In about the same time frame when Edelman was drafted, Wes Welker was tearing it up on the Pats and quite a force to reckon with. All eyes were glued on him.

But sitting quietly and patiently for his turn was Edelman, and I'll never forget when he first stepped onto the field in 2009 as Welker suffered some injuries. To put it simply, he TORE-IT-UP. I remember thinking

I noticed the #11 ever since then, whenever he came on the field in my head I thought "PHEW, there's #11 again. He's reliable, good shit's about to happen." It was always a rush of calm when he popped up on the field.

Then Edelman had some of his own injuries, and suddenly I found myself saying "WOAH WOAH WOAH WOAH WOAH WOAH WOAH. WHERE DID HE GO."

Even after returning from his injury with more record breaking rookie stats, in 2010 he sat patiently again and waited for his turn.
...well, I'm sure he didn't actually just sit....he loves practicing catching one handed passes hours before game time.

Near the end of the 2010 season, he popped back up on the field and set more records for punt returns and yards per return. In 2011 he even started playing some defense!! He was also nominated in the NFL as the "Hardest Working Man," which in my book is more honorable than ANY type of MVP award.

The more opportunities Edelman capitalized on, the more he played until he (FINALLY) took over Wes Welker's position and became the vital, energetic, and passionate player that he always has been.

But let's review some of the amazing feats that Edelman has over come over the years:

  1. His "unconventional" size - yeah laugh about how small he appears, then two seconds after you'll find yourself flat on your back with a broken nose and your two front teeth knocked out. It seems INHUMAN how he is able to gain so many yards when running the ball and pinned up against people at least twice his size (hence the nickname "Minitron"). But that's because there's no substitute or better asset than hard work eithic. Putting the time and energy into fitness will make you defeat Goliath 9 times out of 10.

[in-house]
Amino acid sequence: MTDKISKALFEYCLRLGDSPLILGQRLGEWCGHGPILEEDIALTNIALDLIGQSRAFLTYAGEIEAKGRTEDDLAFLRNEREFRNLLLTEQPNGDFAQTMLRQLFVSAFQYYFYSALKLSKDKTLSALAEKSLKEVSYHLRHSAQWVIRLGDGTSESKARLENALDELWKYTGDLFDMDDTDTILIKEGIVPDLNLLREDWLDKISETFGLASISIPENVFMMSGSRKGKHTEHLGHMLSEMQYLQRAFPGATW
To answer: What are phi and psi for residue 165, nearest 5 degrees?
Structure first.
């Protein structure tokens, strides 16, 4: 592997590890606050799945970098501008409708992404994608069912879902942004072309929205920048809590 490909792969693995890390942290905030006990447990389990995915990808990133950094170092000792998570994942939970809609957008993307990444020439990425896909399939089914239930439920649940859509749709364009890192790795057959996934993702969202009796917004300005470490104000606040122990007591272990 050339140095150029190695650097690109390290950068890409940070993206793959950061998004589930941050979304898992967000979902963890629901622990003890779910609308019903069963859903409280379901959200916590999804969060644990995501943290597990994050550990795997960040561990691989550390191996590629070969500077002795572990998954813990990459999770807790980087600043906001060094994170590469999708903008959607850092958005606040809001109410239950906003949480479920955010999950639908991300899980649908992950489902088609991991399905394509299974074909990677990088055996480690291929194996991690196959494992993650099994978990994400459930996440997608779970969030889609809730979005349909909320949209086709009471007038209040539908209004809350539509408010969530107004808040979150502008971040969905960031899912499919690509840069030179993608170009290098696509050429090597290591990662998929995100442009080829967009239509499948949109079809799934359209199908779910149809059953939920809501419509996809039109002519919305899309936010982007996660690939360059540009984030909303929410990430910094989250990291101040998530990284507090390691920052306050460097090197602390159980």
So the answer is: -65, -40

2. How many times he was told "NO" - being cut, not picked, or not invited is NOT an easy thing to deal with. I know from experience! No matter what setting, rejection is freakin' tough (especially when you experience it a few times in a row). It's even tougher to not settle and not accept no for an answer. Even sitting on the sidelines for long periods of time and not playing even though you're working your tail off can gnaw at you...
  3. His versatility - while many people don't know off the bat that Edelman's primary position in college football was at QB, that's really where his expertise was in. However, Edelman clearly has been open to utilizing his skills wherever he is needed the most (and I mean....if you're picked up by the's a smart move to try out other positions than QB). He seems very similar to Tim Tebow, except for the fact that Tebow REFUSED to play any other positions. I HATE that mentality. It's a humble decision to agree to play wherever your team needs you, but in the end it benefits YOU more than anyone. Edelman's ability to learn multiple positions on offense and defense is what has truly made him such a threat across the NFL. But at the same time, people don't realize how HARD it is to pick up a new position or play something that is not your strongest setting. It's hard and it's awkward, but instead of saying "I should be playing QB" you should be saying "I should learn this position UNTIL it's as strong as QB."

So basically, he's such a rugby inspiration to me because he reiterates these lessons to me -

  • Don't ever count yourself out. If you want it, get it...and settle for nothing less.
  • Explore all your options. Not in the running for scrumhalf? Learn how to play fullback...or prop....or JUST ALL THE POSITIONS FOR THAT MATTER.
  • If you're not getting the results you want, ask what you can change or add to your routine to get there. There's ALWAYS something more you can do or learn.
  • Don't take no for an matter how many coaches cut  you or how many people tell you you're wasting your time.
And that's also why I lost my voice and teared up for a hot second when I saw Edelman all revved up and going NUTS at the Superbowl victory parade - he truly believes everything is earned, so when he was dancin' around like a madman it was because HE KNEW THEY ALL EARNED THEIR SUPERBOWL RINGS.